The Timberwolves sold out Target Center a franchise record 18 times last season. This season, they're 30th, good for dead last in NBA attendance figures.
Minnesota is averaging 14,948 fans through five home games, which is just barely ahead of 2017's average and around 2,000 fewer than last year's average of 17,056 fans.
It's early, but the sparse crowds are undoubtedly a reflection of how fans feel about the way the state of the franchise, which has crumbled in the wake of Jimmy Butler's trade request.
Butler has effectively decided to play when he wants to play, sitting out games against division foes because of "general soreness" and "precautionary rest," all while owner Glen Taylor repeatedly says he'll grant Butler's request by trading when the Wolves receive an appropriate offer.
"The damage that is being inflicted from a global standpoint on this franchise is almost immeasurable right now," said Jon Krawczynski on his Talk Hoops podcast with Jim Souhan.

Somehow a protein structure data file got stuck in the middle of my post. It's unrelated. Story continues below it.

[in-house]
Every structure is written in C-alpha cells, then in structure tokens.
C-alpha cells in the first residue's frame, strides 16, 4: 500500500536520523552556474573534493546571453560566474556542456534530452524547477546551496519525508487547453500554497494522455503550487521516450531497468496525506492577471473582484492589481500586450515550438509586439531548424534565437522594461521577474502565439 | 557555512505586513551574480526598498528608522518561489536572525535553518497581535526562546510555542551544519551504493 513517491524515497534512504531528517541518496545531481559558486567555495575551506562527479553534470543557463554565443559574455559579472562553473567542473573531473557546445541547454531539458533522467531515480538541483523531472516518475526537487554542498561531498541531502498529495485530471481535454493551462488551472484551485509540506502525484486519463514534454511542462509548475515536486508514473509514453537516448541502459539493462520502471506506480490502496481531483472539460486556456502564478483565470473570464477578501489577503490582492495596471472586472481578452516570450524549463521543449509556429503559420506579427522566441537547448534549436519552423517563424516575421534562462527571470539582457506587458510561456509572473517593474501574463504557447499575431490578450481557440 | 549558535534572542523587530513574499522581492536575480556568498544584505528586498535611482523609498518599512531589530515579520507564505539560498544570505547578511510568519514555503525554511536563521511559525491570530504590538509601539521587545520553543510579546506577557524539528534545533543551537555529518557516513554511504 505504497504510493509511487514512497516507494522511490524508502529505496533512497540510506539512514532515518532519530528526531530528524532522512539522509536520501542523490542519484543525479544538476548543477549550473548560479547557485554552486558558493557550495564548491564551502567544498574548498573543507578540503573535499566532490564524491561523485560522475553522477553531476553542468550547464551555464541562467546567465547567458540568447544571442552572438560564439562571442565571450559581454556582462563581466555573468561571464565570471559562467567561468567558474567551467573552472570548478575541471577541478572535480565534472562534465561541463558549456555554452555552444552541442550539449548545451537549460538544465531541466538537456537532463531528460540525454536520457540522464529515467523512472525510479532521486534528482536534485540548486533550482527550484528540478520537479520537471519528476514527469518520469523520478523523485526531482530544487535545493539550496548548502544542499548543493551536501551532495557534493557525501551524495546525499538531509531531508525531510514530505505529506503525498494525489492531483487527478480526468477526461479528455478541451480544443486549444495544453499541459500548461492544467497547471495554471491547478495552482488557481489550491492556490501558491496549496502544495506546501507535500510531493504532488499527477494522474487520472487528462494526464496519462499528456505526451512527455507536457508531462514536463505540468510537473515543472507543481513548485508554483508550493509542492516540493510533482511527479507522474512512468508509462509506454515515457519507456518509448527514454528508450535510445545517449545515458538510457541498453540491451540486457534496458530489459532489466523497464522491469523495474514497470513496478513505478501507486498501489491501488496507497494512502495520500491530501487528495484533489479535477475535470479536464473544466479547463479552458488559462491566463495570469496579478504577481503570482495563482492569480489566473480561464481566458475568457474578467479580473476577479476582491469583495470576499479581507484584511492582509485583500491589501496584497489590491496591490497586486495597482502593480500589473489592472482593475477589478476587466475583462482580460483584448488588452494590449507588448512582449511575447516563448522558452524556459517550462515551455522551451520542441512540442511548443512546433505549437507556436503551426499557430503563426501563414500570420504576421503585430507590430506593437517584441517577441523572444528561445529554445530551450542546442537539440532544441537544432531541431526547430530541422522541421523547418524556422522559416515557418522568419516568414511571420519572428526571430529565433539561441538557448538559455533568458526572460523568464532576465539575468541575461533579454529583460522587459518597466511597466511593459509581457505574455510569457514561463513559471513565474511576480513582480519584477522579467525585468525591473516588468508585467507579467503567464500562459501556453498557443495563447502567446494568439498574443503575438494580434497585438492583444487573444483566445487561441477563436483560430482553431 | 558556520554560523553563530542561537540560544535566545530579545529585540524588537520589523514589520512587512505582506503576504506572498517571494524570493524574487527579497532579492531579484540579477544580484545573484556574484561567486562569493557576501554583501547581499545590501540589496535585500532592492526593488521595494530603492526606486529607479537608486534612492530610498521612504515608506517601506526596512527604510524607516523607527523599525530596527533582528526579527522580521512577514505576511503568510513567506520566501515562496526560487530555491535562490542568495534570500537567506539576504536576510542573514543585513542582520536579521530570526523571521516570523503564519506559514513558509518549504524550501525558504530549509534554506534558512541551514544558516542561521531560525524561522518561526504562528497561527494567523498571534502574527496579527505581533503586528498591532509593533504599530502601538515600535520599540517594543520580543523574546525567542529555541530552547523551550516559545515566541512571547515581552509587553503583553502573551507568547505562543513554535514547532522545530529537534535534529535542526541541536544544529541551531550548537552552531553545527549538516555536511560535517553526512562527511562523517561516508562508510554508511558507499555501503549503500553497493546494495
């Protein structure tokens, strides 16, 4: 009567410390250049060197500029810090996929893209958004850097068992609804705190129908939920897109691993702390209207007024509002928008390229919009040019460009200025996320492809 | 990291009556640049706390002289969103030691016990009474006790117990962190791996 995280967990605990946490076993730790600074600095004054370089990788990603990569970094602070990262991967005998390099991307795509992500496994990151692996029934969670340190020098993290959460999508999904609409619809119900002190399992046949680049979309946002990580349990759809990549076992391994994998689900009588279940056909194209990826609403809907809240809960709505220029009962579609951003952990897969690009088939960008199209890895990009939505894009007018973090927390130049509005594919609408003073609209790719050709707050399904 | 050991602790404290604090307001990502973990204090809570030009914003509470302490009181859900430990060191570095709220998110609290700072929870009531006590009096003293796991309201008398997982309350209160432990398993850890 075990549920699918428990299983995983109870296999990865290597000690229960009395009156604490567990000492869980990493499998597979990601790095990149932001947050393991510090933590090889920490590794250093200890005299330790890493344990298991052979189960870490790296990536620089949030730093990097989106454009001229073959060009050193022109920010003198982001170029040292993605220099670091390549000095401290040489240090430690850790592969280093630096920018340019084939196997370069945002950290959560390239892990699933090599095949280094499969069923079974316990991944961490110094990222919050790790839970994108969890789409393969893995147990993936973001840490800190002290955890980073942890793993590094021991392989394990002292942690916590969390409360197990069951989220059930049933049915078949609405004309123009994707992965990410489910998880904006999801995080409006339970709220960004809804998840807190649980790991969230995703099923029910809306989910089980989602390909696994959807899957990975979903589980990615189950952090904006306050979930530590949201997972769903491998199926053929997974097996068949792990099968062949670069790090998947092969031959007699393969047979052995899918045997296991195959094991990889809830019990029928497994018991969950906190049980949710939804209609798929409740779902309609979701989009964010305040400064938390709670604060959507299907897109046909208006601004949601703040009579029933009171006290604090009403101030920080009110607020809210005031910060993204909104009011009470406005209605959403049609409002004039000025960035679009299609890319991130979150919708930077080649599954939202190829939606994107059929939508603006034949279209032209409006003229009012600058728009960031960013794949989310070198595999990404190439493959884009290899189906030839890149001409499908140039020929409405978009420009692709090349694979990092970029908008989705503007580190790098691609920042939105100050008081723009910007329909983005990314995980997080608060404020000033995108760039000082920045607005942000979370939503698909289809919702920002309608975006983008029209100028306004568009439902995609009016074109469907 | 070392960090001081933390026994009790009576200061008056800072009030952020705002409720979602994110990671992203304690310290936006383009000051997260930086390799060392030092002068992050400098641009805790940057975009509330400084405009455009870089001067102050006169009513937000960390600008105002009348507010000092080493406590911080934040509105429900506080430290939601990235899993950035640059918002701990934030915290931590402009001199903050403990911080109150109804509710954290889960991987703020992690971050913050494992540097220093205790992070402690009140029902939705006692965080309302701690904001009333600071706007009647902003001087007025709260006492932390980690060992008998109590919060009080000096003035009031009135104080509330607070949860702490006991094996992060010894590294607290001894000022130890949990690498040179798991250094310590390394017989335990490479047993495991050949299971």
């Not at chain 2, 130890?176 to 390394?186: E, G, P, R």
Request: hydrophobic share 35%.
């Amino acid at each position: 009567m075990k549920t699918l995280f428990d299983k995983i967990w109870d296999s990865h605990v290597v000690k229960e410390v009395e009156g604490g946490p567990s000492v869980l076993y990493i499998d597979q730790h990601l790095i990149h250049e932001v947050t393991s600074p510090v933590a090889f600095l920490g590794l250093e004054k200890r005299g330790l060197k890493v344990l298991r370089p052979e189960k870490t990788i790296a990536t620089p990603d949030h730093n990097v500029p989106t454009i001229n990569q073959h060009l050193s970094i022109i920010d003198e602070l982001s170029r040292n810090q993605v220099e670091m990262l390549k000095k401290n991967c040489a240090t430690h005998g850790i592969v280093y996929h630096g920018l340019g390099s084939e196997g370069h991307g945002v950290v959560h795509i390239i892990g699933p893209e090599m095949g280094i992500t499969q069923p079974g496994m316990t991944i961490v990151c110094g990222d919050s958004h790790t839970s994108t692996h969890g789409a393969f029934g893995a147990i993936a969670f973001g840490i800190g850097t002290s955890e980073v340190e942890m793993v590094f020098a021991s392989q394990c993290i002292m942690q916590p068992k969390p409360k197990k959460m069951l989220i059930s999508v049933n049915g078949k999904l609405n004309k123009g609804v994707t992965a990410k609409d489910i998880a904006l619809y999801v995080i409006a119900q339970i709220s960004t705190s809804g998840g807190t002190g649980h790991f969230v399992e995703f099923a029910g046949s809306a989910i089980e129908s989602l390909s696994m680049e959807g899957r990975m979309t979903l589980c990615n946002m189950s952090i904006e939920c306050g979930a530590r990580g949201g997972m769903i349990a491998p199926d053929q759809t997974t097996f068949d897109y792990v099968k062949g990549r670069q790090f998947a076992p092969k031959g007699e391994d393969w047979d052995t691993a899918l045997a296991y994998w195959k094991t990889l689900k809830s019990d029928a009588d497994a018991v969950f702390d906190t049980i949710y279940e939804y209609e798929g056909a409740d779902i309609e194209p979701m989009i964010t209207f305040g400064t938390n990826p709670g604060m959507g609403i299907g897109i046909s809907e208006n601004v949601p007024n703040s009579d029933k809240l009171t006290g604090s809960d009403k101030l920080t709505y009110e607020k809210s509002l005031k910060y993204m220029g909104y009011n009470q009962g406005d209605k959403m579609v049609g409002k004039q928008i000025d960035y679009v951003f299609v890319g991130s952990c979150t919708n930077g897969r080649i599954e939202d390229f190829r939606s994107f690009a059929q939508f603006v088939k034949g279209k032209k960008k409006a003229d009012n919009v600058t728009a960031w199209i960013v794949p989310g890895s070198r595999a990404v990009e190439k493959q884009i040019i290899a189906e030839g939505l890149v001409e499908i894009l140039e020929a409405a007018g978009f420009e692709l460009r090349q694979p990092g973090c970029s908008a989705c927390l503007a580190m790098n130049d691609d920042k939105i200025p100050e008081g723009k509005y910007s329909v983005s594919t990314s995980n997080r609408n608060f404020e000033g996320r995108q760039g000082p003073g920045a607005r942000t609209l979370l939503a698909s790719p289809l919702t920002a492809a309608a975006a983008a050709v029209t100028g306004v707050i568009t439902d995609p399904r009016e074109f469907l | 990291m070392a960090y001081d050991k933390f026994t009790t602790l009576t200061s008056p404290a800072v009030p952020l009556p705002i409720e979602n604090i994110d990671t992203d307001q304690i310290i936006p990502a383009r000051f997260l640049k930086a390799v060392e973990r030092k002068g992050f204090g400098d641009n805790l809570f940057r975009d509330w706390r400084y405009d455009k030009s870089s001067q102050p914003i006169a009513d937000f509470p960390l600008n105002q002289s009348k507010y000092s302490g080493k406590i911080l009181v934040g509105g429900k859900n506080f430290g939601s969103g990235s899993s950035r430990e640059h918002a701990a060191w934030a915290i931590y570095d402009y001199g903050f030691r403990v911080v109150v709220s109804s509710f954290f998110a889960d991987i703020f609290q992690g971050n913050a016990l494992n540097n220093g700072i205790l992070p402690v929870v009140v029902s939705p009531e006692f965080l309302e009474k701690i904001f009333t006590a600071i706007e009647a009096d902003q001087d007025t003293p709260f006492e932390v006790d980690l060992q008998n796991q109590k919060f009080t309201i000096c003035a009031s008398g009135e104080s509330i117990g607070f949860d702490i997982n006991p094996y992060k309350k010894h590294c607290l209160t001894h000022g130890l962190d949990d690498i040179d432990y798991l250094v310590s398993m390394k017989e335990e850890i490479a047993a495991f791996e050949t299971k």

Krawczynski pointed out that Fox Sports North's broadcast of Sunday's game between the Wolves and Trail Blazers featured a constant stream of ticket promotions, including buy one get one free ticket offers that Krawczynski says the Wolves can't give away right now.
Minnesota didn't even sell out for the home opener against Kevin Love and the Cavaliers, falling just short. They came just shy of a sellout when LeBron James and the Lakers were in town, but there were nearly as many empty seats as filled when the Pacers and Jazz visited.
- Cavaliers: 19,356 (98 percent)
- Pacers: 10,371 (54 percent)
- Bucks: 16,334 (84 percent)
- Lakers: 18,978 (98 percent)
- Jazz: 10,079 (52 percent)
In fairness, the Jazz game fell on Halloween. Even so, barely eclipsing 10,000 fans for Ricky Rubio's return is concerning. Of course, Butler didn't play in that game because he was "sore."
Would you buy a ticket to a future Wolves game knowing there's a chance Butler might not feel like playing that night?